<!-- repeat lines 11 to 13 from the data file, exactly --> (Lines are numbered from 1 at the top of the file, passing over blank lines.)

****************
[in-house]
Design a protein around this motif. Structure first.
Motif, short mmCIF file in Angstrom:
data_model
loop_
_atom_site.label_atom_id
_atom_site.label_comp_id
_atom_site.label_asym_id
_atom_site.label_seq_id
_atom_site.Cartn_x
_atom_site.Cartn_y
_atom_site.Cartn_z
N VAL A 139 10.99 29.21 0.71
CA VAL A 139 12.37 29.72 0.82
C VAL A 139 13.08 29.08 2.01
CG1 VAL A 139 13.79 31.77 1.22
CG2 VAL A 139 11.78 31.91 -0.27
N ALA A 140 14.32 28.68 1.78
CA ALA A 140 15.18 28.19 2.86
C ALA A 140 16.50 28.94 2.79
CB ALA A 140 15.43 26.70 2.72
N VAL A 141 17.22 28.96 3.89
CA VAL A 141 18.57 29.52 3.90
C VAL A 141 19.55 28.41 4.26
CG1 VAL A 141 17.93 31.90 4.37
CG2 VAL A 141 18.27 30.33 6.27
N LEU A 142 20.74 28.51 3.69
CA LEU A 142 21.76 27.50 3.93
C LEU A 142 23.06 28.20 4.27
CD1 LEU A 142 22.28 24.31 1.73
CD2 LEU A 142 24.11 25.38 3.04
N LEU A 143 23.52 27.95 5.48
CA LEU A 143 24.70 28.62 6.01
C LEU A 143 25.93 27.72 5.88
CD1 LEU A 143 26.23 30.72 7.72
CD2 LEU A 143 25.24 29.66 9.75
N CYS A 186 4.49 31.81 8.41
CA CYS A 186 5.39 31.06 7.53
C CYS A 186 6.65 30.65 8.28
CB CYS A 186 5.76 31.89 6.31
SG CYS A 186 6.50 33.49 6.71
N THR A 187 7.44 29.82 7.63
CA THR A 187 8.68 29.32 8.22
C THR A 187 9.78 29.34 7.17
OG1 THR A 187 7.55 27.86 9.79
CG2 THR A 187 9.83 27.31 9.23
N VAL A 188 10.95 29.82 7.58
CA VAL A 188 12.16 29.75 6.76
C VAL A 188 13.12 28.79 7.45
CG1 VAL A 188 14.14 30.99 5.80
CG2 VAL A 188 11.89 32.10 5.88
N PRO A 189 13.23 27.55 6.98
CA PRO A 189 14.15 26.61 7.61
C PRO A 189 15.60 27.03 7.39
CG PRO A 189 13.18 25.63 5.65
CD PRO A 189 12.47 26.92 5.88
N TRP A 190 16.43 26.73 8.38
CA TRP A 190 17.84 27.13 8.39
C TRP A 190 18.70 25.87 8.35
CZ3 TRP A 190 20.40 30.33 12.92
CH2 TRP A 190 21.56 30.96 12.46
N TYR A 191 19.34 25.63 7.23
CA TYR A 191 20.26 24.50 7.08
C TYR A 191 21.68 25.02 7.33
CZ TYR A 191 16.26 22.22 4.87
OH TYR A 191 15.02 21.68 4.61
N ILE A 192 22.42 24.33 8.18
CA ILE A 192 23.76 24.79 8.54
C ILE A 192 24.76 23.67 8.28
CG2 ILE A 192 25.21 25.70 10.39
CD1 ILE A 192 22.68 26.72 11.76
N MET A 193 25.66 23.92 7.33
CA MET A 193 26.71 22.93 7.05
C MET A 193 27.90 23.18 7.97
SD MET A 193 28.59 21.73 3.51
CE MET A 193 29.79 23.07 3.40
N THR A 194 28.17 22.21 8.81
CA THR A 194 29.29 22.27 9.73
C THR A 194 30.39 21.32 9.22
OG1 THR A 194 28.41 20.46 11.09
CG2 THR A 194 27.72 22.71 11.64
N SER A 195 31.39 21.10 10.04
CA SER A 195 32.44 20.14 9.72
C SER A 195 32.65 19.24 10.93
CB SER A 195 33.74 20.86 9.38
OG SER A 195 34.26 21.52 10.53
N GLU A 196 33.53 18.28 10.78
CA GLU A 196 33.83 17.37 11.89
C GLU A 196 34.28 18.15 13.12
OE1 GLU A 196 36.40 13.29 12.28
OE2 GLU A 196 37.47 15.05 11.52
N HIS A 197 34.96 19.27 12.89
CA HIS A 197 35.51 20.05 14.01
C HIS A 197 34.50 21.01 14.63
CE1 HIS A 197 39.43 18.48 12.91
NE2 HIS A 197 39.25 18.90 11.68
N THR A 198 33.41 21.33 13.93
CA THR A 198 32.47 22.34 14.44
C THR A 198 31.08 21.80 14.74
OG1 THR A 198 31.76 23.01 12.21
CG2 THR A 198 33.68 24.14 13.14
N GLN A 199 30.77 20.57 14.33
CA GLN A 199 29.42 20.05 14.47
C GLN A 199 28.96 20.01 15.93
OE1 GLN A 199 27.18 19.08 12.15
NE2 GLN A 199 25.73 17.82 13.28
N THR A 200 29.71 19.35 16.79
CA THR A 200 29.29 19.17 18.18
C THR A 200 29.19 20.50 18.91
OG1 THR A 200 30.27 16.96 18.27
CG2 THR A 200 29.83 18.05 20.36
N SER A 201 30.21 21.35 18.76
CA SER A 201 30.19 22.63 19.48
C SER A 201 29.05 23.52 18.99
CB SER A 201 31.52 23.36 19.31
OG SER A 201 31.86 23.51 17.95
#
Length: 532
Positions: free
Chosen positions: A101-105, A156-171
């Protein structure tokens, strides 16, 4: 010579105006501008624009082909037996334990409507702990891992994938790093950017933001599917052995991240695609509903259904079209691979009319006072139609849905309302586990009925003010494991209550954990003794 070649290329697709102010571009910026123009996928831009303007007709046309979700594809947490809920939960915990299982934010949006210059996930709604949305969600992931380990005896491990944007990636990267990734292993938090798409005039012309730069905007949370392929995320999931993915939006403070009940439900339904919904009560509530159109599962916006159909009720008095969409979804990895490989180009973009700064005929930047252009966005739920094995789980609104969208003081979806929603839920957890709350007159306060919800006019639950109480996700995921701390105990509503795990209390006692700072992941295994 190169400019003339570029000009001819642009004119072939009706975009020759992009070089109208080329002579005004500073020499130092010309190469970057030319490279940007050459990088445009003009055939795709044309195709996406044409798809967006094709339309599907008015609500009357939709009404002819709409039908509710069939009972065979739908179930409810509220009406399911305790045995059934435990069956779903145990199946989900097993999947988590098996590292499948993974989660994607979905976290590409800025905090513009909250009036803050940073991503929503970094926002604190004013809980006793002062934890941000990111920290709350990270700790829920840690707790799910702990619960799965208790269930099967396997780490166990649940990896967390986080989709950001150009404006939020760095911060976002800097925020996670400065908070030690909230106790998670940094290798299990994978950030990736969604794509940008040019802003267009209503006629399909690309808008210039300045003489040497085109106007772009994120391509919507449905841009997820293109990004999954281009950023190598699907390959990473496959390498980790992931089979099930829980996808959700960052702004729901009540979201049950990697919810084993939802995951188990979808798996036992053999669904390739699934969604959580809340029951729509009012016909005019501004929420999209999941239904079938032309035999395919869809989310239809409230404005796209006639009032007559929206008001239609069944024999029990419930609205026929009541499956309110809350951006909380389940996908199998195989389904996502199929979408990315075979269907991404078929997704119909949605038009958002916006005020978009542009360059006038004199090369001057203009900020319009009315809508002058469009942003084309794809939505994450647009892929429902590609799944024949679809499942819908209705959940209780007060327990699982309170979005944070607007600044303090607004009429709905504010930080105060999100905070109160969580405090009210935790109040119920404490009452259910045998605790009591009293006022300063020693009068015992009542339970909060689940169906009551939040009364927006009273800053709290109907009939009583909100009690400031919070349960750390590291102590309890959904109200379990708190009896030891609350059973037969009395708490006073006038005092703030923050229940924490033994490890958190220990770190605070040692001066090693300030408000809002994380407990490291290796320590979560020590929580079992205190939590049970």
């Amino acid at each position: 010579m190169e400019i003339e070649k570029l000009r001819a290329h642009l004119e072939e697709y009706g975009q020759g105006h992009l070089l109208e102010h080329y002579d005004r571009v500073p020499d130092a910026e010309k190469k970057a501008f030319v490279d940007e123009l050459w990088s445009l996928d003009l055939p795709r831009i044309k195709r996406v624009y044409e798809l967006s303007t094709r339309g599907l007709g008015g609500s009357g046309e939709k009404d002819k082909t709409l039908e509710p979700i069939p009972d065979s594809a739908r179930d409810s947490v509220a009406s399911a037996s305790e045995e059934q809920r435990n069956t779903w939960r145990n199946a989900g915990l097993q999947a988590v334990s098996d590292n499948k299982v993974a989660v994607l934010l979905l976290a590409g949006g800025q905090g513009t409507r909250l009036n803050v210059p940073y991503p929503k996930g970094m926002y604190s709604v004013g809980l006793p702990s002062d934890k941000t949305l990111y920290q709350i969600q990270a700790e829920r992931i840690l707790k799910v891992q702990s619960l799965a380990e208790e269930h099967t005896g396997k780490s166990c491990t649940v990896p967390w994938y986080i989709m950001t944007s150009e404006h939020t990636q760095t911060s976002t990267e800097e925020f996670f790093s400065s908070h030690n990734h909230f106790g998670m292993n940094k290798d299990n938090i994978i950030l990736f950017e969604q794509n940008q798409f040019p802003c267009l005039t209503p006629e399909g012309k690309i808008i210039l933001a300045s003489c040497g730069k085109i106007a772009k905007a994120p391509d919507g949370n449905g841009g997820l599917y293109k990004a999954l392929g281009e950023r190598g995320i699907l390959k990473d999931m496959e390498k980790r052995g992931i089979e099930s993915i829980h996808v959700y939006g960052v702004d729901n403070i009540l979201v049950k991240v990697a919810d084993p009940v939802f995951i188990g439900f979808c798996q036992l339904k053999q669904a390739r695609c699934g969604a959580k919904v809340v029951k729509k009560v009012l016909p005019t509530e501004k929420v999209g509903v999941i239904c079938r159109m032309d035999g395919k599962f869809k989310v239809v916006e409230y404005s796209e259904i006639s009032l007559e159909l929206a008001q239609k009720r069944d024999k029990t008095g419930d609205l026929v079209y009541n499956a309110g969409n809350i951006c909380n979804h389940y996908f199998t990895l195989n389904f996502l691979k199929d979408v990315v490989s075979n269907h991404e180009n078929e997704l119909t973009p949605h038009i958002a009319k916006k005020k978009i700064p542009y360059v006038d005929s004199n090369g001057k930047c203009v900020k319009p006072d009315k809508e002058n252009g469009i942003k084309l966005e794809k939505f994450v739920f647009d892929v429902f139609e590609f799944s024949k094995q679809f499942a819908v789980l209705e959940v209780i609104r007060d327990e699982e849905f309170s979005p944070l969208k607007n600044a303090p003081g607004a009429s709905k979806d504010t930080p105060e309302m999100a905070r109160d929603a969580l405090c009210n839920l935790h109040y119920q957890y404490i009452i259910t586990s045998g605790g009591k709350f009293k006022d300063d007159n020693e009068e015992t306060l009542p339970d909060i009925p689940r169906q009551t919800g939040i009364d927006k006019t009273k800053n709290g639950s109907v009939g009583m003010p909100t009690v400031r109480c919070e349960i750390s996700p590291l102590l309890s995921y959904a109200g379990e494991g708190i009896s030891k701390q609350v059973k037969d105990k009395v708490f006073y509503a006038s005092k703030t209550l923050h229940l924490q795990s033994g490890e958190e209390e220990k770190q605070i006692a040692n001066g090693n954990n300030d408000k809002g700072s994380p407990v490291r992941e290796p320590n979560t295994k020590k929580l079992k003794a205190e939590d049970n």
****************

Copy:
_atom_site.Cartn_y
_atom_site.Cartn_z
N VAL A 139 10.99 29.21 0.71